BVSH = Director, Directorate of Medical Technology and Supplies, Ministry of Healthcare and Nutrition, Sri Lanka.

Abbreviations

μg: 

Microgram

COPD: 

Chronic obstructive pulmonary diseases

DDD: 

Defined Daily Dose

DPI: 

Dry Powder Inhaler

EM: 

Essential Medicines

EML: 

Essential Medicine List

ERC: 

Ethical Review Committee

HAI: 

Health Action International

IRP: 

International Reference Price

IU: 

International units

LPG: 

Lowest Price Generics

MDGs: 

The UN’s Millennium Development Goals

MDI: 

Metered Dose Inhaler

mg: 

Milligram

ml: 

Millilitre

MPR: 

Median Price Ratio

MSD: 

Medical Supplies Division

NCD: 

Non communicable diseases

OB: 

Originator Brand

OPD: 

Outpatient Department

SD: 

Standard deviation

SEAR: 

South East Asian Region

SL-EML: 

Sri Lanka-Essential Medicines List

SLR: 

Sri Lankan rupees

SPC: 

State Pharmaceuticals Corporation

USD: 

US dollar

WHO: 

World Health Organization.

Declarations

Acknowledgements

We thank the WHO country office Sri Lanka for financial assistance and the Ministry of Health, Sri Lanka and the State Pharmaceuticals Cooperation for the administrative support given to conduct this study. The cooperation extended by the private pharmacies is also acknowledged.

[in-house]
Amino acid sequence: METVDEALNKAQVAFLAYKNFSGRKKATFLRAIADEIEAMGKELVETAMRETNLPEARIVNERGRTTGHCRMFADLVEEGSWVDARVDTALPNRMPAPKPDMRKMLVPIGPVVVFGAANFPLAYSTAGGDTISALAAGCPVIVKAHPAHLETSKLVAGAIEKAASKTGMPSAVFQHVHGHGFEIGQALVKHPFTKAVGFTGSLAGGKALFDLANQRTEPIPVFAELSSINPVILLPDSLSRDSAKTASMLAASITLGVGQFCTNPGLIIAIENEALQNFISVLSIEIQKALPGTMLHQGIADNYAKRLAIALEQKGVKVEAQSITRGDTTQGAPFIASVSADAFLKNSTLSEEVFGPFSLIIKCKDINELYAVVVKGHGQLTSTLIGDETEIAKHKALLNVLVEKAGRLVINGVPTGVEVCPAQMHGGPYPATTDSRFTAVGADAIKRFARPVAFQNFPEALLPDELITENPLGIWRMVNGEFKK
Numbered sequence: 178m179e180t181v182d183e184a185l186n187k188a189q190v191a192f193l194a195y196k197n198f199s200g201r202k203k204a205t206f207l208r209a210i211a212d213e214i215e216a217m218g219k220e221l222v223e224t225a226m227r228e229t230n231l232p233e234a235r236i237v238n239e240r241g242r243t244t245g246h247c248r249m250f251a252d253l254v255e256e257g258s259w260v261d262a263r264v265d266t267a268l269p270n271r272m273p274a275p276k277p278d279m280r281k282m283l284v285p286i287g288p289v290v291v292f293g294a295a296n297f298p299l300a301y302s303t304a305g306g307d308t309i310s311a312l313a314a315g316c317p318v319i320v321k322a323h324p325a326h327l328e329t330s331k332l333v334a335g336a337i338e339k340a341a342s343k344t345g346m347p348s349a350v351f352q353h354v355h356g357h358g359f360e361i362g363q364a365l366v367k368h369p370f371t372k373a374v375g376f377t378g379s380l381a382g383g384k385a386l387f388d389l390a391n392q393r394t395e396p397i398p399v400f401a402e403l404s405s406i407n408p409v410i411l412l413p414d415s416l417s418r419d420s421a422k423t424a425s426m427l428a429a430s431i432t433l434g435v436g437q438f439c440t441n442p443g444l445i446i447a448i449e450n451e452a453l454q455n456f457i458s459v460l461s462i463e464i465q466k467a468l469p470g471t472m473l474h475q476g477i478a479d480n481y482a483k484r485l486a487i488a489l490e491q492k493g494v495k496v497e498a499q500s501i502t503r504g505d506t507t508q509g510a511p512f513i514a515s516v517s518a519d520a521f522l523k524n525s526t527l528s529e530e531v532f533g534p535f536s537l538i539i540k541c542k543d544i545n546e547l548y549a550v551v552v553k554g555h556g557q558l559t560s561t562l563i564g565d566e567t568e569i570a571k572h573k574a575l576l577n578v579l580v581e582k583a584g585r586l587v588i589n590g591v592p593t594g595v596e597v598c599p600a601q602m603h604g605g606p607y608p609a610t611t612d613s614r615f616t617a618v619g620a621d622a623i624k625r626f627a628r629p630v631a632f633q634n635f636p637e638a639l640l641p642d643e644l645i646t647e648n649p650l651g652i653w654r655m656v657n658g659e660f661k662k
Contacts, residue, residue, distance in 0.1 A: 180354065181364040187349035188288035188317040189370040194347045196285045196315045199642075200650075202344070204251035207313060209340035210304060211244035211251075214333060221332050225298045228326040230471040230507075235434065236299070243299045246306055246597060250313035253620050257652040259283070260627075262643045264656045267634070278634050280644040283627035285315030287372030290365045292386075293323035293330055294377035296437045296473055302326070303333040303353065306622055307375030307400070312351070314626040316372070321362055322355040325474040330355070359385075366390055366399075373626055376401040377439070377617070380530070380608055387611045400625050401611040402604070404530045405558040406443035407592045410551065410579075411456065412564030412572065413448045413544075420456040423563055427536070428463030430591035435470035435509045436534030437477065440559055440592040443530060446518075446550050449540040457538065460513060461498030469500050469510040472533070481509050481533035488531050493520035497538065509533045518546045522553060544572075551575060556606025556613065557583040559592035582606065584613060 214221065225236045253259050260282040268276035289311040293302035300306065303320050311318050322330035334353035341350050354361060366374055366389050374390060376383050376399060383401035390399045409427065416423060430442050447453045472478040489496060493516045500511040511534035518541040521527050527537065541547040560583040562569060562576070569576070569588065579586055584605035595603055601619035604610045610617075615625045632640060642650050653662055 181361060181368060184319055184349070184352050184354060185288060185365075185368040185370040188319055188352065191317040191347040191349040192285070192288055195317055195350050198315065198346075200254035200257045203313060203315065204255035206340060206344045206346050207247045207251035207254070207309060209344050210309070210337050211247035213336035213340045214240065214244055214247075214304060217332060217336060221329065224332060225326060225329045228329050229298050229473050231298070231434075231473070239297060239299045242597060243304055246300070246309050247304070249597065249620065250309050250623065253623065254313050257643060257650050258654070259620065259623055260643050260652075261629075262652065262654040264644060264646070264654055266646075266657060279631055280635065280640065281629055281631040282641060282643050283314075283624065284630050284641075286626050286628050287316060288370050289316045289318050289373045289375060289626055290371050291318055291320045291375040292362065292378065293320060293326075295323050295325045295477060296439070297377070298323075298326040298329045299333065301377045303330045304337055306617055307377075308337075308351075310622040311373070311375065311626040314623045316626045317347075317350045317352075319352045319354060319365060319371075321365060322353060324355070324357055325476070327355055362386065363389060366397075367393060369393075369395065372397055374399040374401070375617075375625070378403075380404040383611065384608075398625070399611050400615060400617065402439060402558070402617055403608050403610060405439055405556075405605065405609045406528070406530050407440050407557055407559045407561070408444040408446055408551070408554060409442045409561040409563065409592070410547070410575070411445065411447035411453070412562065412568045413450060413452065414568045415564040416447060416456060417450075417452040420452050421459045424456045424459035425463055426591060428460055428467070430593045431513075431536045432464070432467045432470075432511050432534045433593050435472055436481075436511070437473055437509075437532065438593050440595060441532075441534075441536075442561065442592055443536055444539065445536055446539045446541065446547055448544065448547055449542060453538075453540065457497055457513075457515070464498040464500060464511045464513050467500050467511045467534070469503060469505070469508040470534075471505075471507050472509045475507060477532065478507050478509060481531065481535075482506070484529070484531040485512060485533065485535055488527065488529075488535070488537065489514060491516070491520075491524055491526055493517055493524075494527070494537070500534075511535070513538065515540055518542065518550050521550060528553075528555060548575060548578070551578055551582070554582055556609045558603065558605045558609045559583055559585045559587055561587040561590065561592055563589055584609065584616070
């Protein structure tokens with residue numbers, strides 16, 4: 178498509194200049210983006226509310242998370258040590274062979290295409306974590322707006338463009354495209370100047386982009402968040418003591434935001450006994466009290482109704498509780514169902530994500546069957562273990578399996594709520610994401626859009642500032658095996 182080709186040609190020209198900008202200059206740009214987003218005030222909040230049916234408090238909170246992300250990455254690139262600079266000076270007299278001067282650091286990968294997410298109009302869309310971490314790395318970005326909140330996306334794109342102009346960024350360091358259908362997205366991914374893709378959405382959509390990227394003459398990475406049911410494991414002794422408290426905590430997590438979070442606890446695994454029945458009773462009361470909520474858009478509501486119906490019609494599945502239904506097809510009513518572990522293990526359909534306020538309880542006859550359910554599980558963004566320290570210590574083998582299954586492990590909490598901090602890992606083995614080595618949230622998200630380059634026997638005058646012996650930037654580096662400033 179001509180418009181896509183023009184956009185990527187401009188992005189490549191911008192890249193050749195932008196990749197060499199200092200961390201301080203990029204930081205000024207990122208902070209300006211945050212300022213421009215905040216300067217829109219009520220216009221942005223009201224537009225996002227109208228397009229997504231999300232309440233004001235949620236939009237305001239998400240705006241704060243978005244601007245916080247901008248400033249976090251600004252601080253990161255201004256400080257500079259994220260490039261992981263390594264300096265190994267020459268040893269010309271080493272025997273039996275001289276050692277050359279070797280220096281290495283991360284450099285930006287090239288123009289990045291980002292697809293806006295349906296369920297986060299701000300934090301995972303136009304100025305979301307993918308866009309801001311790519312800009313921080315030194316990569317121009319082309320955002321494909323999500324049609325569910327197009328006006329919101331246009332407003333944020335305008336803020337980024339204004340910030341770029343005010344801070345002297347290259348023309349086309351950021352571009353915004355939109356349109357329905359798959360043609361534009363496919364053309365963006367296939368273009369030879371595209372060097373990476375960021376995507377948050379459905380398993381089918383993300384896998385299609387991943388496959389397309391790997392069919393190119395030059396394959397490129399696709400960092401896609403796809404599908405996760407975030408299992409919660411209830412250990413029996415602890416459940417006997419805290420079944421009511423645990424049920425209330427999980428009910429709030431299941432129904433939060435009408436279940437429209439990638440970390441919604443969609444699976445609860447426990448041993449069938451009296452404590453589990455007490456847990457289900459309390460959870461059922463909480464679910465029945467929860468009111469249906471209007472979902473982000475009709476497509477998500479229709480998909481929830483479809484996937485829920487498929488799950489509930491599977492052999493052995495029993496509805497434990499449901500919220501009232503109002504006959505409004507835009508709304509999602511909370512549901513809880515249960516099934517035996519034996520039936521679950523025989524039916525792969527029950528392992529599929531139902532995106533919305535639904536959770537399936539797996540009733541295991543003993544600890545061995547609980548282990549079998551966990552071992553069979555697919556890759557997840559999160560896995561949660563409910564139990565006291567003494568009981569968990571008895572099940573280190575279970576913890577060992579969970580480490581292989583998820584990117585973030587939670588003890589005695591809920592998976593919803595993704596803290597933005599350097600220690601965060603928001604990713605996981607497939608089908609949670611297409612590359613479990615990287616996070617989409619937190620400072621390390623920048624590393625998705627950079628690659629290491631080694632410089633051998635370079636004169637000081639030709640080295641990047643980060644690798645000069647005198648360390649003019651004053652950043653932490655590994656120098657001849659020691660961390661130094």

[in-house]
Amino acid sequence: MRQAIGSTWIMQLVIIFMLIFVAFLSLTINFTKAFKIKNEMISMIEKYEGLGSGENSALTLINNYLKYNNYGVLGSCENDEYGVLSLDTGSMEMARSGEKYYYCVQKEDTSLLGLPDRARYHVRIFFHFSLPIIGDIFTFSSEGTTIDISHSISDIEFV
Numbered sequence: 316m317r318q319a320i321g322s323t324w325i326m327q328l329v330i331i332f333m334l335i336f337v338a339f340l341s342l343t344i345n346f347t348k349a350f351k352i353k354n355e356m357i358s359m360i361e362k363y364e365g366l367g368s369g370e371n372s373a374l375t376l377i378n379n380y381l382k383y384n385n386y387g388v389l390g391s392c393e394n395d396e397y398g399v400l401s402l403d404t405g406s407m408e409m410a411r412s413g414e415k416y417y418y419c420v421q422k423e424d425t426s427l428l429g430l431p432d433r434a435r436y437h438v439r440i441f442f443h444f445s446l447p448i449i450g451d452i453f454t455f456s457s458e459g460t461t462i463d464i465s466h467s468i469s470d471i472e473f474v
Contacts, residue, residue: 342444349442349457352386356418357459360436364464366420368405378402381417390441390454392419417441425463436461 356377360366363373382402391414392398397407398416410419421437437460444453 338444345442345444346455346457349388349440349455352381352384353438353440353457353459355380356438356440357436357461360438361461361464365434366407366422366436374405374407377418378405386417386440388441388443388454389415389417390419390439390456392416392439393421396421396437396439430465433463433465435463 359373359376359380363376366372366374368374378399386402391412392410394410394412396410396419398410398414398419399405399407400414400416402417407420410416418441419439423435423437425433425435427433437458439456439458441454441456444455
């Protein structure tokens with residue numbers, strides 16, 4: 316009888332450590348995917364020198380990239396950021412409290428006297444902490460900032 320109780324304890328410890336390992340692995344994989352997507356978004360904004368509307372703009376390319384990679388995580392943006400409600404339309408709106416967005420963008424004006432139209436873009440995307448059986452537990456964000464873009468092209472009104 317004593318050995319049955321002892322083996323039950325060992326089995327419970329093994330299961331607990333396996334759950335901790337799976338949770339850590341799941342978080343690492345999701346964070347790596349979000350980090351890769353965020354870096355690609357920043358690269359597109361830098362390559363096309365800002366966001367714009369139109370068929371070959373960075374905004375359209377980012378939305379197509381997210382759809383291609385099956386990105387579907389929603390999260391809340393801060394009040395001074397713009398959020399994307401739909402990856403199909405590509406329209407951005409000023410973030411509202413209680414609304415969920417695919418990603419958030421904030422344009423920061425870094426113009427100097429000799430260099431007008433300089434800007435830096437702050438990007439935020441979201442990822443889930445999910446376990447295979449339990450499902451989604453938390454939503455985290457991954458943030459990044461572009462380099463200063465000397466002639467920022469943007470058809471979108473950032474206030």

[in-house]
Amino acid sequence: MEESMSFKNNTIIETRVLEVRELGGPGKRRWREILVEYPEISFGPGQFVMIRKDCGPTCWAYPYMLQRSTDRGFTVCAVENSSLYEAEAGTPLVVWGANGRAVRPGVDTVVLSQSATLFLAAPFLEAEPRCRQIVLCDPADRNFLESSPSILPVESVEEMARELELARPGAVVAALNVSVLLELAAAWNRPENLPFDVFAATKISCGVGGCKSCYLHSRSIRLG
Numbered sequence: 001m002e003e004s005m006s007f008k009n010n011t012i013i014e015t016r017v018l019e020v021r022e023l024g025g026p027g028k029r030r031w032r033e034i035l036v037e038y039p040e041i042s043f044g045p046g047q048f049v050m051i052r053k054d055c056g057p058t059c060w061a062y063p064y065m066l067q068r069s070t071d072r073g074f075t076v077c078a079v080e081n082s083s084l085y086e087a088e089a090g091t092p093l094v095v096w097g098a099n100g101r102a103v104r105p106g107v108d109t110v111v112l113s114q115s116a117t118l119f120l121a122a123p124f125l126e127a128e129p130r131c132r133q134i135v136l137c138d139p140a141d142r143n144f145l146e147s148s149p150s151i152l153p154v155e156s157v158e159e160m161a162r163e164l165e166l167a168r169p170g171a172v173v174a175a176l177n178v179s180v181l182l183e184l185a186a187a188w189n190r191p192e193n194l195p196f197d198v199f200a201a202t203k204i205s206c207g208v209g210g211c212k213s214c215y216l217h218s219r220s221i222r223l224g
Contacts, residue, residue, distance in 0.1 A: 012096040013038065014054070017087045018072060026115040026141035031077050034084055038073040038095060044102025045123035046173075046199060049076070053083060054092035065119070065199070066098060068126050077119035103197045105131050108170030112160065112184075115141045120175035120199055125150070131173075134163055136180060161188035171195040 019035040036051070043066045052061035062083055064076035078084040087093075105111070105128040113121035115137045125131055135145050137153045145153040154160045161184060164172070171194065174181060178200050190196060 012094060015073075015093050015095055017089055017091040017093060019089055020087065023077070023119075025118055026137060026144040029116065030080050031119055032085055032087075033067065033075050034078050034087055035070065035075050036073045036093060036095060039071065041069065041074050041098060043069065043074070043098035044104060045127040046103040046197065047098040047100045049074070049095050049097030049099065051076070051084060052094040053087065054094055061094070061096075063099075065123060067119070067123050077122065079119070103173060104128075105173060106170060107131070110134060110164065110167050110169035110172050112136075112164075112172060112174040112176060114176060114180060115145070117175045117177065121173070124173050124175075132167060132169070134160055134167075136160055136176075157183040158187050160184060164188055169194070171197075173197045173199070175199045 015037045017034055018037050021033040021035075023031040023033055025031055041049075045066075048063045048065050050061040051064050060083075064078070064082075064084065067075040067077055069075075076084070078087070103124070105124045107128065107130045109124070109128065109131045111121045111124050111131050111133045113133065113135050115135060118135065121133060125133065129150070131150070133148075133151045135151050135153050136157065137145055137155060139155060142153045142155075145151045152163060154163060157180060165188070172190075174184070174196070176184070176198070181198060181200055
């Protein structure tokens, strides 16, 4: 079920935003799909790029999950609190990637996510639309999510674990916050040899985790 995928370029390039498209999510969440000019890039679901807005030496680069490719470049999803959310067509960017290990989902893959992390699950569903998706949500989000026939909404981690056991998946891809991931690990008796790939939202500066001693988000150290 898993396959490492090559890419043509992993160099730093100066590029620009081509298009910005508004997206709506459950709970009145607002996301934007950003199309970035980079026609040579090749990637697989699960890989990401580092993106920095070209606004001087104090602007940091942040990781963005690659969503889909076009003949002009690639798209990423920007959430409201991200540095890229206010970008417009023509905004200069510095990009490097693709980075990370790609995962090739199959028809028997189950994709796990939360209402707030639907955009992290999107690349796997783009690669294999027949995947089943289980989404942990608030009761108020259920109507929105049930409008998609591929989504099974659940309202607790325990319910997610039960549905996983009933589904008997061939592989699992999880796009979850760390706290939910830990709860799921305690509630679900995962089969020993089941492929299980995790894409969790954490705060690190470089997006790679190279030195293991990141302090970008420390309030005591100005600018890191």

Authors’ Affiliations

(1)
Department of Allied Health Sciences, Faculty of Medical Sciences, University of Sri Jayewardenepura
(2)
Department of Pharmacology, Faculty of Medical Sciences, University of Sri Jayewardenepura
(3)
Directorate of Medical Technology and Supplies, Ministry of Healthcare and Nutrition

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  25. Pre-publication history

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© Dabare et al.; licensee BioMed Central Ltd. 2014

This article is published under license to BioMed Central Ltd. This is an Open Access article distributed under the terms of the Creative Commons Attribution License (http://creativecommons.org/licenses/by/4.0), which permits unrestricted use, distribution, and reproduction in any medium, provided the original work is properly credited. The Creative Commons Public Domain Dedication waiver (http://creativecommons.org/publicdomain/zero/1.0/) applies to the data made available in this article, unless otherwise stated.